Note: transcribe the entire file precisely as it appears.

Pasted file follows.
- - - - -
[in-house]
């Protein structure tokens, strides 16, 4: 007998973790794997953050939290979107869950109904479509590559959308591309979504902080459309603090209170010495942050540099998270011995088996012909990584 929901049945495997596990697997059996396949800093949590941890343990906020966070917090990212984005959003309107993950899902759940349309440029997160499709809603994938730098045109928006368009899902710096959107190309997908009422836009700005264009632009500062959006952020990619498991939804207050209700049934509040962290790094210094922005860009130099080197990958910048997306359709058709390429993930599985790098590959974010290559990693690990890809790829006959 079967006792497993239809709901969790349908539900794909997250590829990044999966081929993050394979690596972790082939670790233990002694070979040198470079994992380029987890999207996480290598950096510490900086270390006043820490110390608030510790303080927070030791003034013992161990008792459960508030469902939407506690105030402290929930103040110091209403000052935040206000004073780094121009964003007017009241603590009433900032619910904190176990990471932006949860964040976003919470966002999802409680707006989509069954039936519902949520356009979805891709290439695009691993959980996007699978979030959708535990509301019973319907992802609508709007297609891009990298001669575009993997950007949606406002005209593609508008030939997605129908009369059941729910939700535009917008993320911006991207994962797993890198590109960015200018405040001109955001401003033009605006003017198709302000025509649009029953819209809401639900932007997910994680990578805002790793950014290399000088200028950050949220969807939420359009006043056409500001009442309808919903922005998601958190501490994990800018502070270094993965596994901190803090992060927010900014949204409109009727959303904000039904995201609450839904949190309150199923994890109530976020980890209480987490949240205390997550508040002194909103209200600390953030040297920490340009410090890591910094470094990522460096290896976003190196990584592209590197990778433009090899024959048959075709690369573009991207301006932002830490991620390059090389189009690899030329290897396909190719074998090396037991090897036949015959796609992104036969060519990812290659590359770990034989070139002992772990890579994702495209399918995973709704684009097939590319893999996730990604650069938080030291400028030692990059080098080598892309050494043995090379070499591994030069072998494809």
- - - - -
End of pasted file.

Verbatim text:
[in-house]
């Protein structure tokens, strides 16, 4: 007998973790794997953050939290979107869950109904479509590559959308591309979504902080459309603090209170010495942050540099998270011995088996012909990584 929901049945495997596990697997059996396949800093949590941890343990906020966070917090990212984005959003309107993950899902759940349309440029997160499709809603994938730098045109928006368009899902710096959107190309997908009422836009700005264009632009500062959006952020990619498991939804207050209700049934509040962290790094210094922005860009130099080197990958910048997306359709058709390429993930599985790098590959974010290559990693690990890809790829006959 079967006792497993239809709901969790349908539900794909997250590829990044999966081929993050394979690596972790082939670790233990002694070979040198470079994992380029987890999207996480290598950096510490900086270390006043820490110390608030510790303080927070030791003034013992161990008792459960508030469902939407506690105030402290929930103040110091209403000052935040206000004073780094121009964003007017009241603590009433900032619910904190176990990471932006949860964040976003919470966002999802409680707006989509069954039936519902949520356009979805891709290439695009691993959980996007699978979030959708535990509301019973319907992802609508709007297609891009990298001669575009993997950007949606406002005209593609508008030939997605129908009369059941729910939700535009917008993320911006991207994962797993890198590109960015200018405040001109955001401003033009605006003017198709302000025509649009029953819209809401639900932007997910994680990578805002790793950014290399000088200028950050949220969807939420359009006043056409500001009442309808919903922005998601958190501490994990800018502070270094993965596994901190803090992060927010900014949204409109009727959303904000039904995201609450839904949190309150199923994890109530976020980890209480987490949240205390997550508040002194909103209200600390953030040297920490340009410090890591910094470094990522460096290896976003190196990584592209590197990778433009090899024959048959075709690369573009991207301006932002830490991620390059090389189009690899030329290897396909190719074998090396037991090897036949015959796609992104036969060519990812290659590359770990034989070139002992772990890579994702495209399918995973709704684009097939590319893999996730990604650069938080030291400028030692990059080098080598892309050494043995090379070499591994030069072998494809």